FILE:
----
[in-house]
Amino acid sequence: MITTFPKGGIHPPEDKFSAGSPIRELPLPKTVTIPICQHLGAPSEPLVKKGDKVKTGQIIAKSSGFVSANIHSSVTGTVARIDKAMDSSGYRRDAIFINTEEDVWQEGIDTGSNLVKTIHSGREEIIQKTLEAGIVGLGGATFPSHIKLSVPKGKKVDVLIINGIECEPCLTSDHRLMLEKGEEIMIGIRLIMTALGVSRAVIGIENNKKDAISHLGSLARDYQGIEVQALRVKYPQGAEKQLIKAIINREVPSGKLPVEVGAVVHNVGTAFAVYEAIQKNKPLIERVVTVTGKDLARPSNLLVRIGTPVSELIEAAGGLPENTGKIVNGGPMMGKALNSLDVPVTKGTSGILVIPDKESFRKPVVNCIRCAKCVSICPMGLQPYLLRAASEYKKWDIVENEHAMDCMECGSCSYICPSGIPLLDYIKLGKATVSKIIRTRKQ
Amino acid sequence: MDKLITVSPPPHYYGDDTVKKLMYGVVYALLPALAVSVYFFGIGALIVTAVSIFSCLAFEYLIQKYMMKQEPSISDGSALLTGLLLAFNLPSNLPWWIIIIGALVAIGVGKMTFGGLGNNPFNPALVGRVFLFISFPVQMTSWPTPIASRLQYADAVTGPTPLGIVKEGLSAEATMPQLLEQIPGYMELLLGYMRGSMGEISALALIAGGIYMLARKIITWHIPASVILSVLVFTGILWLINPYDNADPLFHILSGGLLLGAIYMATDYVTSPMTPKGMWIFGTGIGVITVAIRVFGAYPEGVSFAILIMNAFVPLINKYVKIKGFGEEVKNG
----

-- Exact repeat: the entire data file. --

[in-house]
Amino acid sequence: MITTFPKGGIHPPEDKFSAGSPIRELPLPKTVTIPICQHLGAPSEPLVKKGDKVKTGQIIAKSSGFVSANIHSSVTGTVARIDKAMDSSGYRRDAIFINTEEDVWQEGIDTGSNLVKTIHSGREEIIQKTLEAGIVGLGGATFPSHIKLSVPKGKKVDVLIINGIECEPCLTSDHRLMLEKGEEIMIGIRLIMTALGVSRAVIGIENNKKDAISHLGSLARDYQGIEVQALRVKYPQGAEKQLIKAIINREVPSGKLPVEVGAVVHNVGTAFAVYEAIQKNKPLIERVVTVTGKDLARPSNLLVRIGTPVSELIEAAGGLPENTGKIVNGGPMMGKALNSLDVPVTKGTSGILVIPDKESFRKPVVNCIRCAKCVSICPMGLQPYLLRAASEYKKWDIVENEHAMDCMECGSCSYICPSGIPLLDYIKLGKATVSKIIRTRKQ
Amino acid sequence: MDKLITVSPPPHYYGDDTVKKLMYGVVYALLPALAVSVYFFGIGALIVTAVSIFSCLAFEYLIQKYMMKQEPSISDGSALLTGLLLAFNLPSNLPWWIIIIGALVAIGVGKMTFGGLGNNPFNPALVGRVFLFISFPVQMTSWPTPIASRLQYADAVTGPTPLGIVKEGLSAEATMPQLLEQIPGYMELLLGYMRGSMGEISALALIAGGIYMLARKIITWHIPASVILSVLVFTGILWLINPYDNADPLFHILSGGLLLGAIYMATDYVTSPMTPKGMWIFGTGIGVITVAIRVFGAYPEGVSFAILIMNAFVPLINKYVKIKGFGEEVKNG